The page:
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For hours, she sat in the firehouse, waiting. Her stomach clenched; she vomited in the bathroom. When she came out there was pizza and donuts, but she couldn’t eat. Soon, nuns, priests, ministers and a rabbi arrived. “When I saw all those clergy people I knew in my gut of guts and my heart of hearts that they were dead,” she recalls. “I knew there was absolutely no way they would dispatch this multi-denominational fan of clergy people were it not the case that the news would be absolutely catastrophic.”
Finally, an official announcement was made: 20 child fatalities. “That is when, for me, my whole world shifted on its axis,” she says. “It was like you are sitting in a room, and everything, including you, is turned upside down and you are sitting on the ceiling instead of the floor. You have this surreal sense of void, like all the air has been sucked out of the room.” Veronique wanted to place a blanket on Noah. “They told us, ‘No, it is a crime scene.’ They would not let us go.”
That night, Lenny took the younger children to a friend’s house. Veronique barely slept, but when she did she dreamed she was inside an abandoned house on an island covered in brown grass, walking the hallways and knocking on doors looking for Noah. She would wake from the dream screaming, and Danielle, sleeping beside her would comfort her.
Two days later, Veronique met President Obama at a vigil at the local high school, and she told him about the dream. “He whispered to me, ‘If you listen closely he is answering you,’” says Veronique. “And it really, really helped me.”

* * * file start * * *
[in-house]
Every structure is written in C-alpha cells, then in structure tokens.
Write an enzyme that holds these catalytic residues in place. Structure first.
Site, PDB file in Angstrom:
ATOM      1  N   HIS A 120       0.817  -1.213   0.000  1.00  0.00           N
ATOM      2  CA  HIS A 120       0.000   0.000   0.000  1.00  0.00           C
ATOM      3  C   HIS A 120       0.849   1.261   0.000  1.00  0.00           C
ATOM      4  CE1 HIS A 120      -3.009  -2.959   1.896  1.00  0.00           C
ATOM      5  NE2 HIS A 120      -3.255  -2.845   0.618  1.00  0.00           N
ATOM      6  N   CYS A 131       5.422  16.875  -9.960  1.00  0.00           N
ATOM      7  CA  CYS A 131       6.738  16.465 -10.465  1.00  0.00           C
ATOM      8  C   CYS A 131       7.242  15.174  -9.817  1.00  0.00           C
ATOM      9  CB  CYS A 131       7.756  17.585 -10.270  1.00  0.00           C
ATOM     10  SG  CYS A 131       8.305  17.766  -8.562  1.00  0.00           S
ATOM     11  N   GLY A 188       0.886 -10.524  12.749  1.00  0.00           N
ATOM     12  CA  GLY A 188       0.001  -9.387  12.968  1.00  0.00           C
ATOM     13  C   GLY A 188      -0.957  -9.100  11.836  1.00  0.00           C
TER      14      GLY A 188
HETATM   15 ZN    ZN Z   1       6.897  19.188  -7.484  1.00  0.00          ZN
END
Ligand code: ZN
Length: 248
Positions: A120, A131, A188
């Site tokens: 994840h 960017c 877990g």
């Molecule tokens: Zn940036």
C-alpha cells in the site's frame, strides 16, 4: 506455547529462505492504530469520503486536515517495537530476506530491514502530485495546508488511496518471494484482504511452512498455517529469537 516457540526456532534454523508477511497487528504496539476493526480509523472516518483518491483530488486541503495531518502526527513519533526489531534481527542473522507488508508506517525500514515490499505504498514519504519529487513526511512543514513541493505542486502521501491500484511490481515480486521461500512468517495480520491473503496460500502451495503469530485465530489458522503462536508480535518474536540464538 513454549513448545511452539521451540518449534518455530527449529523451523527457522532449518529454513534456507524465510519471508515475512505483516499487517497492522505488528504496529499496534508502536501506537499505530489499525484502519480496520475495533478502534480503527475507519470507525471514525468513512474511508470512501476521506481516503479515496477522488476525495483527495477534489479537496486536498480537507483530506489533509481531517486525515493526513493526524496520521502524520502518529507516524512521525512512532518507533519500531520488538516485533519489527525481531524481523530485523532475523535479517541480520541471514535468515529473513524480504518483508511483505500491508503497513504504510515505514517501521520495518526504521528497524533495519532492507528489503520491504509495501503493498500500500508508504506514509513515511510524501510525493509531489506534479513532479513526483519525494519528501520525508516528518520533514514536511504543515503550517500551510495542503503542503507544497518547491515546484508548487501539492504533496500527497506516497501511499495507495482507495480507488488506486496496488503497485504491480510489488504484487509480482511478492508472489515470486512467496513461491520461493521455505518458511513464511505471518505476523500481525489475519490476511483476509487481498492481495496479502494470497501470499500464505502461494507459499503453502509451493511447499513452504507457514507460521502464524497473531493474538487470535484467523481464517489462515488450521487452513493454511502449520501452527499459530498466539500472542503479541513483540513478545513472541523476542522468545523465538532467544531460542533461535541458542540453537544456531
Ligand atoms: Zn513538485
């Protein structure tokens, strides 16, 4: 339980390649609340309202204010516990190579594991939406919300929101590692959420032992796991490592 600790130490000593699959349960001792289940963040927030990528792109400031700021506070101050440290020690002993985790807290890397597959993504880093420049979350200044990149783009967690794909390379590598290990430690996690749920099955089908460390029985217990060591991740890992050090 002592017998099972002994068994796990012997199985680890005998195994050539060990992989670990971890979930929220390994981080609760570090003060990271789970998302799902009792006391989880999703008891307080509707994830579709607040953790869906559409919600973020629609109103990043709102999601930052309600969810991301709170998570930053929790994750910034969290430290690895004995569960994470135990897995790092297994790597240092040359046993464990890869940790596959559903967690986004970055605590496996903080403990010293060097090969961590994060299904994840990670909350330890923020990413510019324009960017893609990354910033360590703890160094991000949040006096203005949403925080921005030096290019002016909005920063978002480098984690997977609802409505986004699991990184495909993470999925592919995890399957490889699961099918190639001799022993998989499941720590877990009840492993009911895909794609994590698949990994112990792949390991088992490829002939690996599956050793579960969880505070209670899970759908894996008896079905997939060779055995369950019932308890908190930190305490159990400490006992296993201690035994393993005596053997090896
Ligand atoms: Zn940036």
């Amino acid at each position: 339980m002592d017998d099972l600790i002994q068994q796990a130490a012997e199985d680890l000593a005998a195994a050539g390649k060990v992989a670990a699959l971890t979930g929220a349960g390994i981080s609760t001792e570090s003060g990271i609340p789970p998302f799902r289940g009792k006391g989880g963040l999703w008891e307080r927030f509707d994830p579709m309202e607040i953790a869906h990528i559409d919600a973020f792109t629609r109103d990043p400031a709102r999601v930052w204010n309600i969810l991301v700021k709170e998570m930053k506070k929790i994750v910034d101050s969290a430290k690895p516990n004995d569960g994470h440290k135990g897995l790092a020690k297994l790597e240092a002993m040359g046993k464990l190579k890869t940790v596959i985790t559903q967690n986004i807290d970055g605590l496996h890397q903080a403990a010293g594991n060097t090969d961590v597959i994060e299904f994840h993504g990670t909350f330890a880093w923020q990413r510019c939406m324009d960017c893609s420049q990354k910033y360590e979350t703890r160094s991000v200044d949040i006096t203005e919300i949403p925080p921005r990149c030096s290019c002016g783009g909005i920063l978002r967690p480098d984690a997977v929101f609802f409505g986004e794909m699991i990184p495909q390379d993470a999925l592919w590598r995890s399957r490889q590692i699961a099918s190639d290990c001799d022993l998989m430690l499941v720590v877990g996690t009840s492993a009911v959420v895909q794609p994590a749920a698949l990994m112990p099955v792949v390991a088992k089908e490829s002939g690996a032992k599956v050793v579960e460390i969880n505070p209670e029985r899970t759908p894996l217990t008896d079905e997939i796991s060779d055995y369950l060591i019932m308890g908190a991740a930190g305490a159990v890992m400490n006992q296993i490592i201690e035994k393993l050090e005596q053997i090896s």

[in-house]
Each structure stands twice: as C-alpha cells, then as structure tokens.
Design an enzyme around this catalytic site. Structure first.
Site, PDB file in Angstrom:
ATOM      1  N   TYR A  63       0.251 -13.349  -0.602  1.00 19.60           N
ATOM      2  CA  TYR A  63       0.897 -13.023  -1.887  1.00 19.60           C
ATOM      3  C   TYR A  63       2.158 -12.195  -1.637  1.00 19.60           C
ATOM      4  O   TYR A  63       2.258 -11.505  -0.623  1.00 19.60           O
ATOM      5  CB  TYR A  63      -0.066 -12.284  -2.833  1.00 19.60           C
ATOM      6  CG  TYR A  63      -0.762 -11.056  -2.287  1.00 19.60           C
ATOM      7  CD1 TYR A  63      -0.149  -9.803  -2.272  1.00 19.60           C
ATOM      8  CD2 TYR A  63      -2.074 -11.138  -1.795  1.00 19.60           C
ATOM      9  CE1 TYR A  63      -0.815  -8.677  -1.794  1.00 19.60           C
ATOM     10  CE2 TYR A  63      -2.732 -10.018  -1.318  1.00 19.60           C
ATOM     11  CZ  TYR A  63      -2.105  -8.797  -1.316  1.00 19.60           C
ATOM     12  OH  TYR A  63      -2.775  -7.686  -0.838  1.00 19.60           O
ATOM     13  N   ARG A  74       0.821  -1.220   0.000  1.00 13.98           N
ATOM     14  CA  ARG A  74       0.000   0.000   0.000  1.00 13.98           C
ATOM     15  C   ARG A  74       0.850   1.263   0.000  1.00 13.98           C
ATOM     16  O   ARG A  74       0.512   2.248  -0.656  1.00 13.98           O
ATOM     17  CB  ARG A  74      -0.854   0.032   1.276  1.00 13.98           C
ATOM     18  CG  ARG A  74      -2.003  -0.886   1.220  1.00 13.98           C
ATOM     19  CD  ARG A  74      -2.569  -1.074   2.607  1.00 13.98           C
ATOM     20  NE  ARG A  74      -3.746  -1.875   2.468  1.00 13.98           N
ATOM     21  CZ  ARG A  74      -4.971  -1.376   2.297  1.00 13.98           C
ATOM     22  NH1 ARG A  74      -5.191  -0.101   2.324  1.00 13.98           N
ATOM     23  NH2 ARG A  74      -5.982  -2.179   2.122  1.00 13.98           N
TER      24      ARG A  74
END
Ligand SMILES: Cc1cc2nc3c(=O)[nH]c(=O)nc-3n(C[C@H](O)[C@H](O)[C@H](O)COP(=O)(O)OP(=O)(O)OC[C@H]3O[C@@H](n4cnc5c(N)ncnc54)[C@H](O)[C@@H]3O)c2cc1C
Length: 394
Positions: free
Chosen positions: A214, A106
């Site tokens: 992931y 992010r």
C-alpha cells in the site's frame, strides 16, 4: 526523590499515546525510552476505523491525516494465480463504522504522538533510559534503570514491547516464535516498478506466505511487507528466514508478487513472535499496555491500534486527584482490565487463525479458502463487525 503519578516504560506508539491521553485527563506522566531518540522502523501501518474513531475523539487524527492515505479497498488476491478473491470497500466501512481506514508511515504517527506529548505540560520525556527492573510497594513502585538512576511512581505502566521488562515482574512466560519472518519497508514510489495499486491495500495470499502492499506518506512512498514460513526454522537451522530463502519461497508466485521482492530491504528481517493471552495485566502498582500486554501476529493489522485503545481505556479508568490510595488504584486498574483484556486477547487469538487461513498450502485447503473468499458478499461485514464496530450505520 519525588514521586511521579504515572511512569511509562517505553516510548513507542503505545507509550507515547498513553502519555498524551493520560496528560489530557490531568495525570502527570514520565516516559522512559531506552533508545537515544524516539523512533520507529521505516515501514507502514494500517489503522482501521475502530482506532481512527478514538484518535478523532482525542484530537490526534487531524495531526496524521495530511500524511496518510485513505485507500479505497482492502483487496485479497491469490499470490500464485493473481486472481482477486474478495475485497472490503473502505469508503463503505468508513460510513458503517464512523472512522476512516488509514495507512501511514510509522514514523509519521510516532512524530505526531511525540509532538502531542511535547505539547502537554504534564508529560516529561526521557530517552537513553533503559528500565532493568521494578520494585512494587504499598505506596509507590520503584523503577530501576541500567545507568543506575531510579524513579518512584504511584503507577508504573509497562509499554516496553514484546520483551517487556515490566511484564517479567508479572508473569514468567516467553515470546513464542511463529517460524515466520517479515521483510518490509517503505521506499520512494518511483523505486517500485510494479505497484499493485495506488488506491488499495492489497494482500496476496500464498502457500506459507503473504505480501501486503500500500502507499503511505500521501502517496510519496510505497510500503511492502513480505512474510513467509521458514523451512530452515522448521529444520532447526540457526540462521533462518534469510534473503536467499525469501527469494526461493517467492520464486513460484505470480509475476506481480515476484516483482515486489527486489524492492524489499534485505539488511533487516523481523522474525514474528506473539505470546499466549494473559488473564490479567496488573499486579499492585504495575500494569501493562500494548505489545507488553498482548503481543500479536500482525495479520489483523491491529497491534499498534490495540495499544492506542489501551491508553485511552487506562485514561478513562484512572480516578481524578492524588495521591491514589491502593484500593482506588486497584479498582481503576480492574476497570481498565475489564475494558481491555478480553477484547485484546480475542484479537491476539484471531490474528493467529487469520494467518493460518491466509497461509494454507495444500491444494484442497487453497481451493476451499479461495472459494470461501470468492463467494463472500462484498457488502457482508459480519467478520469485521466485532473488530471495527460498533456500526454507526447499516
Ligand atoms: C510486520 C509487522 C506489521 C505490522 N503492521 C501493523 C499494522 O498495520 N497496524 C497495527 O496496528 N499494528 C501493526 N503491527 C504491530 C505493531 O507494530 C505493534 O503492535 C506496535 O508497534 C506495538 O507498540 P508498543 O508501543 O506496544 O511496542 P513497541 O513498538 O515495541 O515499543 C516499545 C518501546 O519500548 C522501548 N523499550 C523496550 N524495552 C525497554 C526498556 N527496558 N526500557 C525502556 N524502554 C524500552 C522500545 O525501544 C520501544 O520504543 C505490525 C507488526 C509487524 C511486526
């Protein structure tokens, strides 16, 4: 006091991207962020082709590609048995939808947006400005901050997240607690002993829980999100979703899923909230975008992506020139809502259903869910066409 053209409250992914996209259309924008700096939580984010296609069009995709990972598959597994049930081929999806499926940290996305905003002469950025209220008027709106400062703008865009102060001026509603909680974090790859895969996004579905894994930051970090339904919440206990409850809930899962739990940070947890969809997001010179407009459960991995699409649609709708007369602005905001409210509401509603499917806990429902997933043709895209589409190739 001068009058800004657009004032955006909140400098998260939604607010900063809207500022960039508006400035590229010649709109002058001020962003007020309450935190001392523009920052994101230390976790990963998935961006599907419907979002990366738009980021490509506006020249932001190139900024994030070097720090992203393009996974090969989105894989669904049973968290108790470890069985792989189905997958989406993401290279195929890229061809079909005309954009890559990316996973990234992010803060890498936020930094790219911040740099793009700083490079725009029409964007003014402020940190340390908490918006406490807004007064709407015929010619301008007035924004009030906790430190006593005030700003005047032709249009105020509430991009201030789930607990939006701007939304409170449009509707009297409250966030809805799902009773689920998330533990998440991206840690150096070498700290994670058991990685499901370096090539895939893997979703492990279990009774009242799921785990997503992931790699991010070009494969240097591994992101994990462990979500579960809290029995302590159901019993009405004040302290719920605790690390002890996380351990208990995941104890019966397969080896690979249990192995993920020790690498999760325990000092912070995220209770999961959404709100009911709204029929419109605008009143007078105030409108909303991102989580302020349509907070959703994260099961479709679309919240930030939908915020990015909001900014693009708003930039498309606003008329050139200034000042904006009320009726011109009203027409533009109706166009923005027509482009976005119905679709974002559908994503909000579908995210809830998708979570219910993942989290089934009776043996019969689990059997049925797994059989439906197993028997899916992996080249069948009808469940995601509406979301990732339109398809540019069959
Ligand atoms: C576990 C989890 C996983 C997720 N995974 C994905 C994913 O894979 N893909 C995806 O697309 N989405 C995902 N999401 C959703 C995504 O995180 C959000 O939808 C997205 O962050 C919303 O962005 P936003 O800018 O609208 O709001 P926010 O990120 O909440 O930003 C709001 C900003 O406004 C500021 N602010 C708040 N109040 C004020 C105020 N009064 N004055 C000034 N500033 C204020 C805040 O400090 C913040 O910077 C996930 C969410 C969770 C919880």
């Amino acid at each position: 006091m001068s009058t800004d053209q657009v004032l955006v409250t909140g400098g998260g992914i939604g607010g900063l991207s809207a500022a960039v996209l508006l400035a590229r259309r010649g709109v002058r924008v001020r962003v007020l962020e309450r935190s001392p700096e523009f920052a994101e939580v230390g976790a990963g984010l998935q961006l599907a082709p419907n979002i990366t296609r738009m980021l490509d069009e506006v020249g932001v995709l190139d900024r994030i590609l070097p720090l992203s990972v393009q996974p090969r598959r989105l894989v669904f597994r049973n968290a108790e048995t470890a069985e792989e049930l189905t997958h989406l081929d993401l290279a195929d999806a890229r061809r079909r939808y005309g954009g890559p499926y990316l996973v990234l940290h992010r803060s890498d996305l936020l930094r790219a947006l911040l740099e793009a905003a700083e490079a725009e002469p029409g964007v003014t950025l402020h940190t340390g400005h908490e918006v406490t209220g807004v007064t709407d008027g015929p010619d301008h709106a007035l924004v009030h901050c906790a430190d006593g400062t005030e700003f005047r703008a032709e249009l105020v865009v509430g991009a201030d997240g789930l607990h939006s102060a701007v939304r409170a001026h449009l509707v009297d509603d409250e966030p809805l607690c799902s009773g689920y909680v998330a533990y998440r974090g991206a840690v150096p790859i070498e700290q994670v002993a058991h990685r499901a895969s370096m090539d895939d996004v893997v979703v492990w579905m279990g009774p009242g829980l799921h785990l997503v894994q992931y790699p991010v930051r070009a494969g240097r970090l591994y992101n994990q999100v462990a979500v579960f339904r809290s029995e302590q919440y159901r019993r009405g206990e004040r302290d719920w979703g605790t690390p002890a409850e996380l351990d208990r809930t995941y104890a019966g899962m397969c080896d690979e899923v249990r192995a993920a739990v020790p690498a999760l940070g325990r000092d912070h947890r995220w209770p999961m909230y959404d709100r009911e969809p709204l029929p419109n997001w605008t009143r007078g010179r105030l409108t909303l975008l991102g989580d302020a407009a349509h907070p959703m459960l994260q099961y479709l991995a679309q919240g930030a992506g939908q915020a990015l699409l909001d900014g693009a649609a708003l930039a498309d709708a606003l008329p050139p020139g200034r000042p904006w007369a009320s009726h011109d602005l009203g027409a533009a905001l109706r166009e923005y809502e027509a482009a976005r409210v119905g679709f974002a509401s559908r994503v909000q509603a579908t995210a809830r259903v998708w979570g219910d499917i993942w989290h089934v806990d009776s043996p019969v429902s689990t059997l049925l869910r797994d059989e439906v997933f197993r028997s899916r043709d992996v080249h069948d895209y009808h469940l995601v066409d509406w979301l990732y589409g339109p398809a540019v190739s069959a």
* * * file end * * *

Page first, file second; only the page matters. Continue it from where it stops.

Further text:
Veronique asked the medical examiners not to autopsy her son; she felt that his body had suffered too many indignities. At his funeral, Noah was dressed in a suit and tie. A Jewish friend of Veronique’s at work enjoined Rabbi Praver to allow him to be wrapped in a blue tallis, even though he had not yet had a bar mitzvah.
The family placed stuffed animals, a blanket and letters to Noah into the casket. Lastly, Veronique put a clear plastic rock with a white angel inside — an “angel stone” — in his right hand. She asked the funeral director to place an identical one in his left, which was badly mangled.
Just before the ceremony, Connecticut Governor Dannel Malloy came to the funeral home to pay his respects. Veronique took him by the arm and brought him to the casket. Noah’s famously long eyelashes — which she spoke about in her eulogy — rested lightly on his cheeks and a cloth covered the place where the lower half of his face had been. “I just needed it to be real for [the governor],” she says. “This was a live, warm, energetic little boy whose life was snuffed out in a fraction of a second because our schools are so defenseless.”
Veronique says that she doesn’t know the best path to stop school shootings. “If Adam [Lanza] had shown up at Sandy Hook with a knife or a less powerful weapon, he may have harmed some people but it would not have been the mass carnage we saw,” she says. She has never considered herself an activist, but the death of her son planted a seed within her: “This topic has wings for me. It has got to take flight.”